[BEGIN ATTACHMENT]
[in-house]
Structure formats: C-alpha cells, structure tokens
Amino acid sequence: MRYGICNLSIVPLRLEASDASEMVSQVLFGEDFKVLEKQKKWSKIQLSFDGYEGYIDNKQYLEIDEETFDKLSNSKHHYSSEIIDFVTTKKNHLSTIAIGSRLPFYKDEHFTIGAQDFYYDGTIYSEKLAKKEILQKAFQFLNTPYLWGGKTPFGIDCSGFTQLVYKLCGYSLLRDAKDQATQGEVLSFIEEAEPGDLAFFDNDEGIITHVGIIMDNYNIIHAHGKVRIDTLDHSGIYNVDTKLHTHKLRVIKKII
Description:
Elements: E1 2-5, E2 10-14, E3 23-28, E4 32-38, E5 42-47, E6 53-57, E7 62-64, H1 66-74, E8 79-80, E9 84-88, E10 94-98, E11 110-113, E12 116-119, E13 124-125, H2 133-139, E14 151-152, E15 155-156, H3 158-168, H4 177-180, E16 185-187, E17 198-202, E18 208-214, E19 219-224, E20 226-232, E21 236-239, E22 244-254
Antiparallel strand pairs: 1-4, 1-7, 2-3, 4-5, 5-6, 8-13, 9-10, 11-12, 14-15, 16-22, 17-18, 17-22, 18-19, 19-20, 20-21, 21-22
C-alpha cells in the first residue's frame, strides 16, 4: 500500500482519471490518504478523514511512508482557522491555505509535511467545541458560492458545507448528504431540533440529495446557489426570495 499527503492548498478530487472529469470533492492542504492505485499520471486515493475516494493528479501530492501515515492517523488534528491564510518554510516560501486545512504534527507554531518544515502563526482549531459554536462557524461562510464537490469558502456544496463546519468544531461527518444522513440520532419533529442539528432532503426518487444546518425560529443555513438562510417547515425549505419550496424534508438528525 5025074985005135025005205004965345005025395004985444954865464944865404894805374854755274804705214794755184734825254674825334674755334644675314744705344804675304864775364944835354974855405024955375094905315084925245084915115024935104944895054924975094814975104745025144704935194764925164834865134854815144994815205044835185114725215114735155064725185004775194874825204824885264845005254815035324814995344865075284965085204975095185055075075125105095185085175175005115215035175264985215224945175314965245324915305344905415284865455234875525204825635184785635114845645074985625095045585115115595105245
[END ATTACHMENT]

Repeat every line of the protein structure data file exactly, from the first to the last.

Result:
[in-house]
Structure formats: C-alpha cells, structure tokens
Amino acid sequence: MRYGICNLSIVPLRLEASDASEMVSQVLFGEDFKVLEKQKKWSKIQLSFDGYEGYIDNKQYLEIDEETFDKLSNSKHHYSSEIIDFVTTKKNHLSTIAIGSRLPFYKDEHFTIGAQDFYYDGTIYSEKLAKKEILQKAFQFLNTPYLWGGKTPFGIDCSGFTQLVYKLCGYSLLRDAKDQATQGEVLSFIEEAEPGDLAFFDNDEGIITHVGIIMDNYNIIHAHGKVRIDTLDHSGIYNVDTKLHTHKLRVIKKII
Description:
Elements: E1 2-5, E2 10-14, E3 23-28, E4 32-38, E5 42-47, E6 53-57, E7 62-64, H1 66-74, E8 79-80, E9 84-88, E10 94-98, E11 110-113, E12 116-119, E13 124-125, H2 133-139, E14 151-152, E15 155-156, H3 158-168, H4 177-180, E16 185-187, E17 198-202, E18 208-214, E19 219-224, E20 226-232, E21 236-239, E22 244-254
Antiparallel strand pairs: 1-4, 1-7, 2-3, 4-5, 5-6, 8-13, 9-10, 11-12, 14-15, 16-22, 17-18, 17-22, 18-19, 19-20, 20-21, 21-22
C-alpha cells in the first residue's frame, strides 16, 4: 500500500482519471490518504478523514511512508482557522491555505509535511467545541458560492458545507448528504431540533440529495446557489426570495 499527503492548498478530487472529469470533492492542504492505485499520471486515493475516494493528479501530492501515515492517523488534528491564510518554510516560501486545512504534527507554531518544515502563526482549531459554536462557524461562510464537490469558502456544496463546519468544531461527518444522513440520532419533529442539528432532503426518487444546518425560529443555513438562510417547515425549505419550496424534508438528525 5025074985005135025005205004965345005025395004985444954865464944865404894805374854755274804705214794755184734825254674825334674755334644675314744705344804675304864775364944835354974855405024955375094905315084925245084915115024935104944895054924975094814975104745025144704935194764925164834865134854815144994815205044835185114725215114735155064725185004775194874825204824885264845005254815035324814995344865075284965085204975095185055075075125105095185085175175005115215035175264985215224945175314965245324915305344905415284865455234875525204825635184785635114845645074985625095045585115115595105245